16. SRI AUROBINDO’S ROOM KARMAYOGI The Mother's Service Society Pondicherry 605 011 India
One day I was starting for the Ashram with my family. When we were about to lock the front door, my sister-in-law arrived with her husband. We had planned to be out of the town for the day. To receive them just at the moment of starting was embarrassing. We could not leave them behind alone, nor did I feel free to invite them to the Ashram, as it would amount to introducing them to my faith. Sensing my embarrassment, my brother-in-law asked if they could accompany us to Pondicherry. That was a great relief.
Our visit to the Ashram was not for any special occasion there such as Darshans. But it was special to my family, as Mother had permitted us to visit Sri Aurobindo’s Room on that day. Now-a-days Sri Aurobindo’s room is open to all visitors, but in those early days Mother Herself was giving permission to visit the Room. She used to permit only a few people and, that too, not on all days. That was why I could not stay behind postponing my visit.
My brother-in-law was a superintendent in the Regulated Market. He had been there for four years temporarily and was trying to take a permanent post in the government through the public service commission. He had applied for various jobs and he was selected for the cooperative department as an officer. When he received the order of appointment, he and his wife came to our place to give us the good news and make arrangements for his training period, etc. I was happy that on his fresh appointment he would add Mother’s Blessings to it, as he had volunteered to visit the Ashram.
At the Ashram the sadhak in charge of such arrangements asked us if my guests too would like to visit the Room. I considered this as a special Grace. They agreed and the sadhak extended us the kindness of securing special permission for our guests too at that last moment.
We visited the Room guided by an elderly sadhak who was with Sri Aurobindo for 30 years. The Room was full of peace and silence. His Presence was marked. Having taken us through the Room, the sadhak came out and explained in a soft voice the details, showed us the place where Mother and Sri Aurobindo used to give Darshan until 1950, the seat of Mother from which She had been giving Darshan after 1950, and how the visitors used to go to them one by one to receive their Blessings. Sri Aurobindo’s aura was so full of peace that even during a raging cyclone neither wind nor rain entered into his Room. Inside the Room was his chair, his bed with a tiger’s skin spread out on it, and several shelves with his books and papers. We returned home that night feeling elated with the peace of his Room.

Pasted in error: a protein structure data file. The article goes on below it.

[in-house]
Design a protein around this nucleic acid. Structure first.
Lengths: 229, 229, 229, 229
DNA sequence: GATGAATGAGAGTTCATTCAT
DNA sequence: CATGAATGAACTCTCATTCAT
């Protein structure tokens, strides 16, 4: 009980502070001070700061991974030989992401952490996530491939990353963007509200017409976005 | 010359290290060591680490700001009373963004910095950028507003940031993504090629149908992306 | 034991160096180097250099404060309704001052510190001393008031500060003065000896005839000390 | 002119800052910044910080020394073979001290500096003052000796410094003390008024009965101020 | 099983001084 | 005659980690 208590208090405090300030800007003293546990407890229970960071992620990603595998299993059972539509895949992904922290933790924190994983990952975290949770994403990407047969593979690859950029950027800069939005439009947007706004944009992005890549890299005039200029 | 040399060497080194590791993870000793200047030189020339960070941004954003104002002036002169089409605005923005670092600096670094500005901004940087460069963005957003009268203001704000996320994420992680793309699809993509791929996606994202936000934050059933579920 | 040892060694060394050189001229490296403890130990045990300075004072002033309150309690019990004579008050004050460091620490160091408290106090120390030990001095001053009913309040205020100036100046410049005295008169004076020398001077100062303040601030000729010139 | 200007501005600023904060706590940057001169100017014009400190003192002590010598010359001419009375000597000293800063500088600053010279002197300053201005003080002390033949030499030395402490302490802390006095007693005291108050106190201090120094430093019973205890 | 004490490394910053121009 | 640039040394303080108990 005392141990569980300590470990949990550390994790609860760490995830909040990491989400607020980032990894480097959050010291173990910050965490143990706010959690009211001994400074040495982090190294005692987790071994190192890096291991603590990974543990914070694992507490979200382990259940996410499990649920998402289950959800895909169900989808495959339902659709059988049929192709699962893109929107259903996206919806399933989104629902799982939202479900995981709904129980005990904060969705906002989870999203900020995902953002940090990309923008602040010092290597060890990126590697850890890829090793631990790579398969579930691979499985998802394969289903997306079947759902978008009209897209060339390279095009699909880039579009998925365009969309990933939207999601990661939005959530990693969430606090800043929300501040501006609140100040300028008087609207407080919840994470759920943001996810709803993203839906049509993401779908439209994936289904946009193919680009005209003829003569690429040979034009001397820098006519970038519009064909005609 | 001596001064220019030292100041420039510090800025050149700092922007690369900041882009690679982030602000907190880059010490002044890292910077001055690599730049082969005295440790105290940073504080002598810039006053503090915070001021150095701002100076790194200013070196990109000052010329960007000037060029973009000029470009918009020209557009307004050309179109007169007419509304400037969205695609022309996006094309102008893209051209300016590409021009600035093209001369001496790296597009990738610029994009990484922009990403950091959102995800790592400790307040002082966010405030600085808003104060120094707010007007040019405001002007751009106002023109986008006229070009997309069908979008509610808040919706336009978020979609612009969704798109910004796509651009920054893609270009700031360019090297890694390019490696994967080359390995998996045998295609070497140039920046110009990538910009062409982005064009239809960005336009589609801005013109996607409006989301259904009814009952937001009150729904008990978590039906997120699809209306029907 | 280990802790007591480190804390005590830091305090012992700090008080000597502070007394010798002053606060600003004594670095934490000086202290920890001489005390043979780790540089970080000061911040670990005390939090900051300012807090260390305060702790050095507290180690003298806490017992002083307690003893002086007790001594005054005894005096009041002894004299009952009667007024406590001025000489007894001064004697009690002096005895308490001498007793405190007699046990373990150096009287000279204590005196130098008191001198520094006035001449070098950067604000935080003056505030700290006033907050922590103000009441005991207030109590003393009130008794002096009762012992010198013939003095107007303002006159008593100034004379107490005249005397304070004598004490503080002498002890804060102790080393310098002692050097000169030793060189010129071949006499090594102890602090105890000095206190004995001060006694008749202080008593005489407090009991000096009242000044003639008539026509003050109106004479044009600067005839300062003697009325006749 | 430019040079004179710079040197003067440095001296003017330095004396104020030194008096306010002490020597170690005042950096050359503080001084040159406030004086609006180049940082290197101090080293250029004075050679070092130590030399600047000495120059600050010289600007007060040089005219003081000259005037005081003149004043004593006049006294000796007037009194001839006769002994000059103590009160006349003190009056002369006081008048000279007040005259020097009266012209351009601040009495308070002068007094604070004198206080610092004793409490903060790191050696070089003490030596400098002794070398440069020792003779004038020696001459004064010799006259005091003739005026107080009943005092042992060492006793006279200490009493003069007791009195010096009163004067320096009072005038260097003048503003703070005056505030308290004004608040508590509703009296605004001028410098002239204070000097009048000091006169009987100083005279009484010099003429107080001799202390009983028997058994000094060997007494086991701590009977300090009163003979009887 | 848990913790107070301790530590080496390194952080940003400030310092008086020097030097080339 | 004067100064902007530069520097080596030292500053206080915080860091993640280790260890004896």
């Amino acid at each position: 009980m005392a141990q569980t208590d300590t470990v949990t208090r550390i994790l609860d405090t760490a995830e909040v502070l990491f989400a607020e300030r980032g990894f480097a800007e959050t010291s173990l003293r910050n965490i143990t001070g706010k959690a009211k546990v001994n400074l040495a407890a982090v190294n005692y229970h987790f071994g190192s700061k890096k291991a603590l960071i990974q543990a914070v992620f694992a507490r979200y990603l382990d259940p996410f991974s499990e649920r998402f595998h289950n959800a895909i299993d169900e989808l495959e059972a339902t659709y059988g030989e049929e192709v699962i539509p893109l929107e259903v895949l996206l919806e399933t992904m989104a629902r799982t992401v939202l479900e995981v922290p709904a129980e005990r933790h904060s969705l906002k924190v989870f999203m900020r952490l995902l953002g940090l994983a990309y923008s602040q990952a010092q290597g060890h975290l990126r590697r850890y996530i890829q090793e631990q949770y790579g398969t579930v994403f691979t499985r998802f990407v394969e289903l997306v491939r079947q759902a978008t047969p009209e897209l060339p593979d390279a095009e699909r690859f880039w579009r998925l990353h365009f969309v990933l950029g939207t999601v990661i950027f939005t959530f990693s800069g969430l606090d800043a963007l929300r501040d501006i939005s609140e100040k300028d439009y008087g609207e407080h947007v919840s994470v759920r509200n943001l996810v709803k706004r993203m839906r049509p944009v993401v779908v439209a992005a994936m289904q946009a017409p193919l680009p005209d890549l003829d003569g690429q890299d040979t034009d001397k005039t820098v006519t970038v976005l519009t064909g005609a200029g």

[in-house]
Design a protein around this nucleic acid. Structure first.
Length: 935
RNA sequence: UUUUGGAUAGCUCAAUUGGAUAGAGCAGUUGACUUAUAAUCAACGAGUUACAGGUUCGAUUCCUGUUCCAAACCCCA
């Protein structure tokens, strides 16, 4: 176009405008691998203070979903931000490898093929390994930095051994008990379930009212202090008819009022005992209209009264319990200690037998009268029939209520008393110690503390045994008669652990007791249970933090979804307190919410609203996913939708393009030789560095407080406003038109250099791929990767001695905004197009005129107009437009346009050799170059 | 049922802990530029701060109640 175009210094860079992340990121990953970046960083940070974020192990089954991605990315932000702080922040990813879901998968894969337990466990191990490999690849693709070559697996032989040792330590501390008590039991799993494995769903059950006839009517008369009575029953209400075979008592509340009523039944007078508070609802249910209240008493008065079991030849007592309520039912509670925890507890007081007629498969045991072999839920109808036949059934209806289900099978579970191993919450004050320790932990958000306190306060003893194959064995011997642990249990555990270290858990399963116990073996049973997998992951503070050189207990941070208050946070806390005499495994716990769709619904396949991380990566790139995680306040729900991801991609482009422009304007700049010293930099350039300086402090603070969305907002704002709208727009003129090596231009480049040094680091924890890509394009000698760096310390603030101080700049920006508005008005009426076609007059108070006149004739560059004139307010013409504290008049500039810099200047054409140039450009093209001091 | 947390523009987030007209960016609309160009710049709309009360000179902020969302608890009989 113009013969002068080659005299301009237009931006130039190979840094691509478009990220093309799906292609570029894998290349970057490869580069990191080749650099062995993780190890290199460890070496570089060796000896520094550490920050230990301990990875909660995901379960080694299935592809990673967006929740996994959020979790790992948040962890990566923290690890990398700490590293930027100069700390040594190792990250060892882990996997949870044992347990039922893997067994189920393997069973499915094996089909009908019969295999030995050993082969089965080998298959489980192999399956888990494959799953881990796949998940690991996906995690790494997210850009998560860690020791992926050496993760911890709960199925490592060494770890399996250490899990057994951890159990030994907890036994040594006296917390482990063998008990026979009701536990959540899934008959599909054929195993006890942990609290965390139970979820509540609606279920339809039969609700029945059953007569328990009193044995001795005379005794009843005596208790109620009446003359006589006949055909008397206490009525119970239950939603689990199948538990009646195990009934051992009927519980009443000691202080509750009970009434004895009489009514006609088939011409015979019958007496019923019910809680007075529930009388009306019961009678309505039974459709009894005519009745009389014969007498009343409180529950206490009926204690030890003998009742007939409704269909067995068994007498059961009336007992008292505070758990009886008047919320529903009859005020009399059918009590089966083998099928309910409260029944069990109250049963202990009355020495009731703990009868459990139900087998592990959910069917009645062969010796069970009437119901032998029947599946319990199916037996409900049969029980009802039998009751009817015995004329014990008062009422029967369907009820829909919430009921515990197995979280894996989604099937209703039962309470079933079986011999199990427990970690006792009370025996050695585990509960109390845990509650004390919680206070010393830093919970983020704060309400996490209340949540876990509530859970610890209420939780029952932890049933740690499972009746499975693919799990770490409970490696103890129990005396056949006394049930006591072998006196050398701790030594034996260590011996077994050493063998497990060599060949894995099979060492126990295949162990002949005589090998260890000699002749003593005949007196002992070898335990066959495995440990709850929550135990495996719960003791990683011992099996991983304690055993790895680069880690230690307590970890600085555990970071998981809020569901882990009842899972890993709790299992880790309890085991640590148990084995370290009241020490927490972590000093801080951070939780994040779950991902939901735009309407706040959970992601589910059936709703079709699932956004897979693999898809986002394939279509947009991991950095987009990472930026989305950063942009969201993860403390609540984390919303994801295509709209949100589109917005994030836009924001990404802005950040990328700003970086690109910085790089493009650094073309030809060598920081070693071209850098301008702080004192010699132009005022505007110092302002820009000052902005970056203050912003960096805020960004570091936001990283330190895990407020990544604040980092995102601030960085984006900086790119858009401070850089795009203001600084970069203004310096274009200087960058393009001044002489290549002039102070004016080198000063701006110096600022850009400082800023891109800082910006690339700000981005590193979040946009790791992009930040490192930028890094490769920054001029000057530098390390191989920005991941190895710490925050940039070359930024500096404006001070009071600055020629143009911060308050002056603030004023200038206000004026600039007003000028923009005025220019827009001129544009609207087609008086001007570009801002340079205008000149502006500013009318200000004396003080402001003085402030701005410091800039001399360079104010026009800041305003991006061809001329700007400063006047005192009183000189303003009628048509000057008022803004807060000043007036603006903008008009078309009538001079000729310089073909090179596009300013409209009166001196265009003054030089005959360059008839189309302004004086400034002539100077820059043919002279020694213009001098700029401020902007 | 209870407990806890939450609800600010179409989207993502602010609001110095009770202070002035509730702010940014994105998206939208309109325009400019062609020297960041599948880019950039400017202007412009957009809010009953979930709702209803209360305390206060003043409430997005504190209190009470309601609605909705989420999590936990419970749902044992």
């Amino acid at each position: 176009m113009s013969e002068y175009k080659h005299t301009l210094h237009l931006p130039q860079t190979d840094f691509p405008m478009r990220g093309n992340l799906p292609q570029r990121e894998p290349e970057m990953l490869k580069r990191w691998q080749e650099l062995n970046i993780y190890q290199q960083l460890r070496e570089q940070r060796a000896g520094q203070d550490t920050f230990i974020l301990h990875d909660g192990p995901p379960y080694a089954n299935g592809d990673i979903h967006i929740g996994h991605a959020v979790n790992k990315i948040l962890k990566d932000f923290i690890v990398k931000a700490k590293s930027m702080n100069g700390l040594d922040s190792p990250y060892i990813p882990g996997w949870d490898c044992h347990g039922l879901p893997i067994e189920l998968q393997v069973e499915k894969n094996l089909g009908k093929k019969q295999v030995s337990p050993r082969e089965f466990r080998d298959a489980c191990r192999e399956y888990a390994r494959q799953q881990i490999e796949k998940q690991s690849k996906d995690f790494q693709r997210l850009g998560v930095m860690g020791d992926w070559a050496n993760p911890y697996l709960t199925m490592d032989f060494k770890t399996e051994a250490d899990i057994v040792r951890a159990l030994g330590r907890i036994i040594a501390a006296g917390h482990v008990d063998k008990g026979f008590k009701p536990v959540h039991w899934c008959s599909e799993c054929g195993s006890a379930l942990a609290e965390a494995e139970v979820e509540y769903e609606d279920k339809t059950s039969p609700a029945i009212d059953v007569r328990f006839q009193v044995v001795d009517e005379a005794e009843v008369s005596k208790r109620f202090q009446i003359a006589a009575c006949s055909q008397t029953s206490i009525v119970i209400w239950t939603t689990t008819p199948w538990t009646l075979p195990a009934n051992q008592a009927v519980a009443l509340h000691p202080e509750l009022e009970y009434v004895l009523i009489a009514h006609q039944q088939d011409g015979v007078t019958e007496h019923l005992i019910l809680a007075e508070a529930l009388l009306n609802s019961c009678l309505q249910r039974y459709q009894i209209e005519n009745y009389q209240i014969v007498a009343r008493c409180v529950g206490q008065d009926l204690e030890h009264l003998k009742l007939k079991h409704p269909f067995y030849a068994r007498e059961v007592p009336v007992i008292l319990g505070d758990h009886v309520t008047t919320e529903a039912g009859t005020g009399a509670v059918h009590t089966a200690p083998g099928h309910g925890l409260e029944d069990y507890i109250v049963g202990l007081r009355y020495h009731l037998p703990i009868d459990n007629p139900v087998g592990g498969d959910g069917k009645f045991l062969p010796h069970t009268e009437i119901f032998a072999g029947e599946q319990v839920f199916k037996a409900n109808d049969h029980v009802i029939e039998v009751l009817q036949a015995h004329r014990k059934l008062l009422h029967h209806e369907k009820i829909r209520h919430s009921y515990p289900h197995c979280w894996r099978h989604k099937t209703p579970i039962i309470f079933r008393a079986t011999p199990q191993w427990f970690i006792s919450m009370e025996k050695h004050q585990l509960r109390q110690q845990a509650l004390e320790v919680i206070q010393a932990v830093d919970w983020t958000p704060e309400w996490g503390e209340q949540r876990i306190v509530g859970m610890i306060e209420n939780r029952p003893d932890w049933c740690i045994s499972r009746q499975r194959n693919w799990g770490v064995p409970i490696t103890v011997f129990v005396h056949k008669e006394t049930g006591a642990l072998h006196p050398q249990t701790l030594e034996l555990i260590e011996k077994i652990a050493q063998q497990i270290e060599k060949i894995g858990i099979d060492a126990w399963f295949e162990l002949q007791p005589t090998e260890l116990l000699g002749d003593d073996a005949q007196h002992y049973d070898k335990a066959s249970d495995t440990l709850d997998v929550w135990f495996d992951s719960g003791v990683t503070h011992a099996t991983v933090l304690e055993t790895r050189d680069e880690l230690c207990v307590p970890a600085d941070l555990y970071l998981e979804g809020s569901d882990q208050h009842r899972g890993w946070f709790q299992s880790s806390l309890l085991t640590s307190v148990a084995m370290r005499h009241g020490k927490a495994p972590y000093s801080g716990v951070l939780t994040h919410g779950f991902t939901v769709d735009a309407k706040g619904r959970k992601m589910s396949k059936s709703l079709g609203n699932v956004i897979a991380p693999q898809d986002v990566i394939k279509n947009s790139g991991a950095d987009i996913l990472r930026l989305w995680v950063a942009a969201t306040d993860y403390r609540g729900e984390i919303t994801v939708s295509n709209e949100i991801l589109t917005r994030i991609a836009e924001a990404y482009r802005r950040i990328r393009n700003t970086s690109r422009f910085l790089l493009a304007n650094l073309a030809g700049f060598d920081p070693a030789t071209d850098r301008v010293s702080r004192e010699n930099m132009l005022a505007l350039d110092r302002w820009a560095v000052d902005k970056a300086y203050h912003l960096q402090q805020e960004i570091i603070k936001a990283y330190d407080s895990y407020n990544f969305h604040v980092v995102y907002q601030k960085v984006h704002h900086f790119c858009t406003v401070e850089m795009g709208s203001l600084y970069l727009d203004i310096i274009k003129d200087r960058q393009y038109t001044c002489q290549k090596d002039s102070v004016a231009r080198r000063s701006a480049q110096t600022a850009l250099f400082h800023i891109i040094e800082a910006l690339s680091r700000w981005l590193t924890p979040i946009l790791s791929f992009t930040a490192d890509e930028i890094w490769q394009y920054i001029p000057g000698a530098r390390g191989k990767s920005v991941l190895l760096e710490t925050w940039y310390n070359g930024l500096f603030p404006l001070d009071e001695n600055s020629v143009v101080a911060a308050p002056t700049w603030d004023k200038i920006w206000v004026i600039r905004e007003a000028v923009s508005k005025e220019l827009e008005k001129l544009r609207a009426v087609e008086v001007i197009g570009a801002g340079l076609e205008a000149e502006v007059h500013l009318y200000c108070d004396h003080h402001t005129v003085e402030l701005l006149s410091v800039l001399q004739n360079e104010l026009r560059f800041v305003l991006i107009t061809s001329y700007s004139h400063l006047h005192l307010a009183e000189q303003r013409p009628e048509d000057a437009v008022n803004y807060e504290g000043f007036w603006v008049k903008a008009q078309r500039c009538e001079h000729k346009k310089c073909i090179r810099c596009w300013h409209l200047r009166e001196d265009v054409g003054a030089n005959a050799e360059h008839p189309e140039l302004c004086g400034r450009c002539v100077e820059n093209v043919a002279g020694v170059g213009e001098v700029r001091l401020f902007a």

The next morning while I was reading the newspaper, my brother-in-law drew my attention to a news item which said the government had raised the basic salary of the Market Committee Superintendents to Rs.200 from the present Rs.140. He was excited about the rise in salary and explained enthusiastically the steps the superintendents’ organisation took to represent to the government that the salary should be raised. He wound up saying, “It is all very exciting and good, but I am leaving the department. I am not going to benefit by this raise. In the Cooperative Department again I will start afresh at Rs.140.” He was disappointed that he could not share the benefit for which they had all worked for so long and so successfully.
For me the news item was another confirmation, perhaps the thousandth one, of Mother’s Grace that is showered on all, if only they come into contact with it consciously or unconsciously. I wished he had stayed in this department and enjoyed the higher scale. As he was a relative and the husband of my sister-in-law, I could not express all the thoughts that crossed my mind. The situation called from some restraint. He was younger to me and, therefore, I had some freedom of expression, but it had its own limit. He was not a devotee of Mother and did not understand Mother’s ways, nor did I feel free to share my full understanding of the situation, which might look like an imposition of my faith on him. I could only speak about the relative merits of the scales, departments and jobs.
He was alternately overjoyed at the new permanent job and frustrated at not being able to benefit by the new scale in the old job. During the conversation I asked whether he would not like to stay on in the old job and benefit by the higher scale. His cryptic reply was, “I would very much like to, but my probation there has not been completed and job confirmed.”